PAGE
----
The Role of Witch's Cake in Salem

Salem Witch Trials Glossary

Salem Witch Trial
Salem Witch Trial - Trial of George Jacobs. Douglas Grundy / Three Lions / Getty Images

It was believed that a witch's cake had the power to reveal whether witchcraft was afflicting a person with symptoms of illness. Such a cake or biscuit was made with rye flour and the urine of the afflicted person. The cake was then fed to a dog. If the dog exhibited the same symptoms, the presence of witchcraft was "proven." Why a dog? A dog was believed to be a common familiar associated with the devil. The dog was then supposed to point to the witches who had afflicted the victim.

In Salem Village, in the Massachusetts colony, in 1692, such a witch's cake was key in the first accusations of witchcraft that led to court trials and executions of many who were accused. The practice was apparently a well known folk practice in English culture of the time.

What Happened?

In Salem Village, Massachusetts, in January of 1692 (by the modern calendar), several girls began behaving erratically. One of these girls was Elizabeth Parris, known as Betty, who was nine years old at the time. She was the daughter of the Rev. Samuel Parris, the minister of the Salem Village Church. Another was Abigail Williams, who was 12 years old and an orphaned niece of Rev. Samuel Parris, who lived with the Parris family. They complained of fever and convulsions. The father tried prayer, on the model of Cotton Mather who had written about curing similar symptoms in another case. He also had the congregation and some other local clergy pray for the girls to cure their affliction. When prayer did not cure the illness, Rev. Parris brought in another minister, John Hale, and the local physician, William Griggs, who observed the symptoms in the girls, and could find no physical reason. They suggested that witchcraft was involved.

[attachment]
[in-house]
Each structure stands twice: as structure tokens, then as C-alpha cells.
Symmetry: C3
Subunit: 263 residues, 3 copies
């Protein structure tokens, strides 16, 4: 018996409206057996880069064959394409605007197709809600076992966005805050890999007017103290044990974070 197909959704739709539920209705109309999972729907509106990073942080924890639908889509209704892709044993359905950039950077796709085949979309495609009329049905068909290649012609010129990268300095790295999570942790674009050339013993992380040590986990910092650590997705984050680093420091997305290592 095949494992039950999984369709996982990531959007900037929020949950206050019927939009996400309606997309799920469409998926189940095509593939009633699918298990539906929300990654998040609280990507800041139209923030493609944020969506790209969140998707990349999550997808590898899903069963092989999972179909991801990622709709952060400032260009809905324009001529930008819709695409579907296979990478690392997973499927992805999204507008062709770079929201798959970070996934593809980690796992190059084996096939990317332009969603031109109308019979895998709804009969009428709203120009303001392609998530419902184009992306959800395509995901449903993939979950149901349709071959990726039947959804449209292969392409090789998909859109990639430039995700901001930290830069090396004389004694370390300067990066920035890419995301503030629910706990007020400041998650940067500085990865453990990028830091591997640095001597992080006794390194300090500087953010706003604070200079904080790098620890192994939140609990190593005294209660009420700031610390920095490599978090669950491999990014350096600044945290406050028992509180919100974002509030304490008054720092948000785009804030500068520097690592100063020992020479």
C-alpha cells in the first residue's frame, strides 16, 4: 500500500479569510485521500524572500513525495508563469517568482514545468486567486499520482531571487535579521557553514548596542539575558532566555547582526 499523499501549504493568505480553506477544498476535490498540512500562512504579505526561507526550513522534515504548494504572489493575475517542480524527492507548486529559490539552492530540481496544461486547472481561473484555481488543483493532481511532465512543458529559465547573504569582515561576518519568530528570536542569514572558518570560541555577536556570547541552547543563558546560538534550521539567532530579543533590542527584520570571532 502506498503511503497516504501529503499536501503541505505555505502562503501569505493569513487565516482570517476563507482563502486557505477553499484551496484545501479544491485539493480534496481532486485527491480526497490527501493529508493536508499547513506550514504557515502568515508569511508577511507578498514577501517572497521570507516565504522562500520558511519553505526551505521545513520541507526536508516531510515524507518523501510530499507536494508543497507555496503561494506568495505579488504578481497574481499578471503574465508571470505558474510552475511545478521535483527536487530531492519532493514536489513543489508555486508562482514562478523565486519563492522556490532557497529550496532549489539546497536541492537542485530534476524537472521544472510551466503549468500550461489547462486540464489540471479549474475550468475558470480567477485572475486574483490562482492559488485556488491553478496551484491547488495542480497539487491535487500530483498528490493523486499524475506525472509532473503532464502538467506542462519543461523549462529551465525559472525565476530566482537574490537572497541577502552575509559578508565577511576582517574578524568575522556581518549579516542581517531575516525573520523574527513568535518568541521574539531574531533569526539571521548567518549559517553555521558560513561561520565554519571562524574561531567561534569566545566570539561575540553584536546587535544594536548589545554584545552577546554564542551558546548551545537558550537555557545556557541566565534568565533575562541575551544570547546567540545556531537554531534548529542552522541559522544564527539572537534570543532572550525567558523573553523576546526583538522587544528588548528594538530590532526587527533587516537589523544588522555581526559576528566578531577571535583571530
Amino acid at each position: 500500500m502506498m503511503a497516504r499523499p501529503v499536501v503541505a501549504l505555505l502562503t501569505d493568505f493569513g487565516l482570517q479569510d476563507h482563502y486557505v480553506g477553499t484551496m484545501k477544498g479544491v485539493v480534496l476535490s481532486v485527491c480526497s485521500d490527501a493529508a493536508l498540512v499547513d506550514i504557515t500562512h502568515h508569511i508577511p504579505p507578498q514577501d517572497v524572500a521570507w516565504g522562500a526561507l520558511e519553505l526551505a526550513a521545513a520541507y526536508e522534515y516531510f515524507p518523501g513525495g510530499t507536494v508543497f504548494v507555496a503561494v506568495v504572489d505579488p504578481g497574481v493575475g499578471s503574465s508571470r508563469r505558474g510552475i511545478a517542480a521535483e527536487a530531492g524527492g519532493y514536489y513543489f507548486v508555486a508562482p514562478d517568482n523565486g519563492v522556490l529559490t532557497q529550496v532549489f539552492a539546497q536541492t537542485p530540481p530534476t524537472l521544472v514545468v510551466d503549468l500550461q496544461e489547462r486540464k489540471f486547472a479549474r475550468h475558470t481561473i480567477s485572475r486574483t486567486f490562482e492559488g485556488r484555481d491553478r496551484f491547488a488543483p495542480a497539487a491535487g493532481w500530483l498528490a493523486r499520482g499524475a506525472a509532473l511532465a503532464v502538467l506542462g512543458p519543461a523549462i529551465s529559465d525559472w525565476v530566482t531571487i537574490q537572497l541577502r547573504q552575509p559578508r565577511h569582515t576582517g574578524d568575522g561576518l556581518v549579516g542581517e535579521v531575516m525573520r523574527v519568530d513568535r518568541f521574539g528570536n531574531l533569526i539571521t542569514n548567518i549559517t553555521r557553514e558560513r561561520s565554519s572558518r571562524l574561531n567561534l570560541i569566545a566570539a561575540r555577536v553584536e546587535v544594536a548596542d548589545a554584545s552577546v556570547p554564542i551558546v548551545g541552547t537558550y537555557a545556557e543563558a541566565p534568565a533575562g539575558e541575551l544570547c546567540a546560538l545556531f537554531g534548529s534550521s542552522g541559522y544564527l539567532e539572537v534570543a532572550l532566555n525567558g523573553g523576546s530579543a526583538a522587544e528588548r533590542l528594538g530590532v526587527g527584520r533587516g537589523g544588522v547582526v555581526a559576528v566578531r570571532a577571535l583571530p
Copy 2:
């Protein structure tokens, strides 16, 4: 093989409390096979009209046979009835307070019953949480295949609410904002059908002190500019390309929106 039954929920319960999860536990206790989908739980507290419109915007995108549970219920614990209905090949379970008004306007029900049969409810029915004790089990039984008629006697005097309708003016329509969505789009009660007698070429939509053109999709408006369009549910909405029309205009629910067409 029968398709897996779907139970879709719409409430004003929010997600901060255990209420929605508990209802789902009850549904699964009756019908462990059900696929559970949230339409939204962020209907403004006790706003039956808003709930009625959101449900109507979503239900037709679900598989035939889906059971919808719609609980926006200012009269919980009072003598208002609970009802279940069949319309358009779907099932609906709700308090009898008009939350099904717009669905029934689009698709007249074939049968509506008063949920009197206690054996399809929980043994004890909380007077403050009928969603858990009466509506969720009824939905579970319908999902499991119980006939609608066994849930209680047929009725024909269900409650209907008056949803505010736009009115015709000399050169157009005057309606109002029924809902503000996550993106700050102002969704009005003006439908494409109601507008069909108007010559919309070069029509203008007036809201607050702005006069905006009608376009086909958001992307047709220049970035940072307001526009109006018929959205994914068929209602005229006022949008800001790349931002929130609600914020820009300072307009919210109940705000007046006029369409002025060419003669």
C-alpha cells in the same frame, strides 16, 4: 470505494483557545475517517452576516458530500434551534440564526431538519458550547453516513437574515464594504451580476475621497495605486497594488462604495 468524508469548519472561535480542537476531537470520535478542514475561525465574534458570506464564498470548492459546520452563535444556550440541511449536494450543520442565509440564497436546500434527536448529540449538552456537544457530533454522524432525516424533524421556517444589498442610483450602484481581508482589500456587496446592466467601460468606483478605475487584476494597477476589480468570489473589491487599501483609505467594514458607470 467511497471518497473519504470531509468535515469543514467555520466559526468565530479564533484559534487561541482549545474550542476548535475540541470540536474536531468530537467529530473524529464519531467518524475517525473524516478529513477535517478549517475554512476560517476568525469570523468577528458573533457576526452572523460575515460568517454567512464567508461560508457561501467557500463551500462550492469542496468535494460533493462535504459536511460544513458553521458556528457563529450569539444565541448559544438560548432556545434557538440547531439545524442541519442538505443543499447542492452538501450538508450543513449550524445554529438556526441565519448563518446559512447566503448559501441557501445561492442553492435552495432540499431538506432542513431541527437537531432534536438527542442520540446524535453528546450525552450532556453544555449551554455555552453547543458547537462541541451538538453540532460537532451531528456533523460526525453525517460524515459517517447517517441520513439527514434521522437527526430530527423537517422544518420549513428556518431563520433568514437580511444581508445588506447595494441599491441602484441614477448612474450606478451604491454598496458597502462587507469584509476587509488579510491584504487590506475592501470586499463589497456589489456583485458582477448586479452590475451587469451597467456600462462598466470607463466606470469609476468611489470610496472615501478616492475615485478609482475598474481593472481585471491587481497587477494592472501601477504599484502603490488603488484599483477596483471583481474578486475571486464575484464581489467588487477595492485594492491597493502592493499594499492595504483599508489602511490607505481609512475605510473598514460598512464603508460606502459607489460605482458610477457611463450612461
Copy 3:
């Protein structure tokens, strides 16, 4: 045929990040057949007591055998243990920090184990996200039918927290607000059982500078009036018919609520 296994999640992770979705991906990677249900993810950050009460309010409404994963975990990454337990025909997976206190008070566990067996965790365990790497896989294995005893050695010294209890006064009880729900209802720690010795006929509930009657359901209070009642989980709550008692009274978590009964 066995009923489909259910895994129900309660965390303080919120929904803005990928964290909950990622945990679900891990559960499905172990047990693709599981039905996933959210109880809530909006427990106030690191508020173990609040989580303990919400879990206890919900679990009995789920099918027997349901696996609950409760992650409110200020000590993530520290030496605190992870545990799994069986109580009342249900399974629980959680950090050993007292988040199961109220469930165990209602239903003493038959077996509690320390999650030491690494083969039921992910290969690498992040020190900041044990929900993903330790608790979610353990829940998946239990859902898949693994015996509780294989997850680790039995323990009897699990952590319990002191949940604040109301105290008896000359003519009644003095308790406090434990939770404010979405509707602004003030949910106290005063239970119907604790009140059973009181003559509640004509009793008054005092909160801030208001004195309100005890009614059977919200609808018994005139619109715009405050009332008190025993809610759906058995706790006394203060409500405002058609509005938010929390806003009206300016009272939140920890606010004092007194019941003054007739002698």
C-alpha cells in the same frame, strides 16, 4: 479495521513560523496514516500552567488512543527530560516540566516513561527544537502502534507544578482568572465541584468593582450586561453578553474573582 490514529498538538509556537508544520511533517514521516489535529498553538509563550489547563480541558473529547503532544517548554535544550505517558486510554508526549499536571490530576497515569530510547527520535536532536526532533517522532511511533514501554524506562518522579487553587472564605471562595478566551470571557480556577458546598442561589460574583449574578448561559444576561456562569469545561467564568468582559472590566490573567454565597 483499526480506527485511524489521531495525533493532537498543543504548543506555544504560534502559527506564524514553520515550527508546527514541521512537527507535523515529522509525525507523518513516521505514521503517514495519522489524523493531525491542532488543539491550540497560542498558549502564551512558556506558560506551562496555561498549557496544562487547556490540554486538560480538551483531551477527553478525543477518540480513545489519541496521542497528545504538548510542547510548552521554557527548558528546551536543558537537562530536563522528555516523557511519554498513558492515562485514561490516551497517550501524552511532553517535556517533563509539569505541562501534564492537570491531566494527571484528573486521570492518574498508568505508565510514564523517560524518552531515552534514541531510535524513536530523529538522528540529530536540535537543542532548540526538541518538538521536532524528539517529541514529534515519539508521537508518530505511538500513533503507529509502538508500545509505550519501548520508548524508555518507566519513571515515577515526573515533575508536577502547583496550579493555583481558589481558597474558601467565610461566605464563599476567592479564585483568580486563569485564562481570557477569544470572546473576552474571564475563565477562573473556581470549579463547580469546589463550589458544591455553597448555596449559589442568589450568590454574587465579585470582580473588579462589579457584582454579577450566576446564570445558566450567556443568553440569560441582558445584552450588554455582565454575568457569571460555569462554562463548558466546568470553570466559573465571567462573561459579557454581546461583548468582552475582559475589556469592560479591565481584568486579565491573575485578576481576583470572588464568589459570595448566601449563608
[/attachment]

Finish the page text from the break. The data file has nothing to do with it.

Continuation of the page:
Whose Idea and Who Made the Cake?

A neighbor of the Parris family, Mary Sibley, recommended the making of witch's cake to reveal whether witchcraft was involved. She gave directions to John Indian, a slave serving the Parris family, to make the cake. He collected urine from the girls and then had Tituba, another slave in the household, actually bake the witch's cake and feed it to the dog that lived in the Parris household. (Both Tituba and John Indian were slaves, most likely of Indian origin, brought to Massachusetts Bay Colony by Rev. Parris from Barbados.)

Even though the "diagnosis" didn't work, Rev. Parris denounced in church the use of this magic. He said it didn't matter if it was done with good intentions, calling it "going to the devil for help against the devil." Mary Sibley, according to church records, was suspended from communion, then restored when she stood and confessed before the congregation and the people of the congregation raised their hands to show they were satisfied with her confession. Mary Sibley then disappears from the records about the trials, though Tituba and the girls figure prominently.

The girls ended up naming those they accused of witchcraft. The first accused were Tituba, Sarah Good, and Sarah Osbourne. Sarah Good later died in prison and Sarah Good was executed in July. Tituba confessed to witchcraft, so she was exempted from execution, and she later turned accuser.

By the end of the trials early the following year, four accused witches had died in prison, one had been pressed to death, and nineteen were hanged.

What Really Afflicted the Girls?

Scholars generally agree that the accusations were rooted in a community hysteria, primed by belief in the supernatural. Politics within the church likely played a part, with Rev. Parris at the center of controversy over power and compensation. Politics in the colony — at a shaky time, including resolving the colony's status with the King and wars with the French and Indians, likely also played a part. Some point to controversy over inheritance, especially targeting those who interfered with inheritances. There were also some old squabbles among community members. All these are credited by some or many historians as playing a part in the unfolding of the accusations and trials. A few historians have also argued that grain that had been contaminated with a fungus called ergot may have caused some of the symptoms.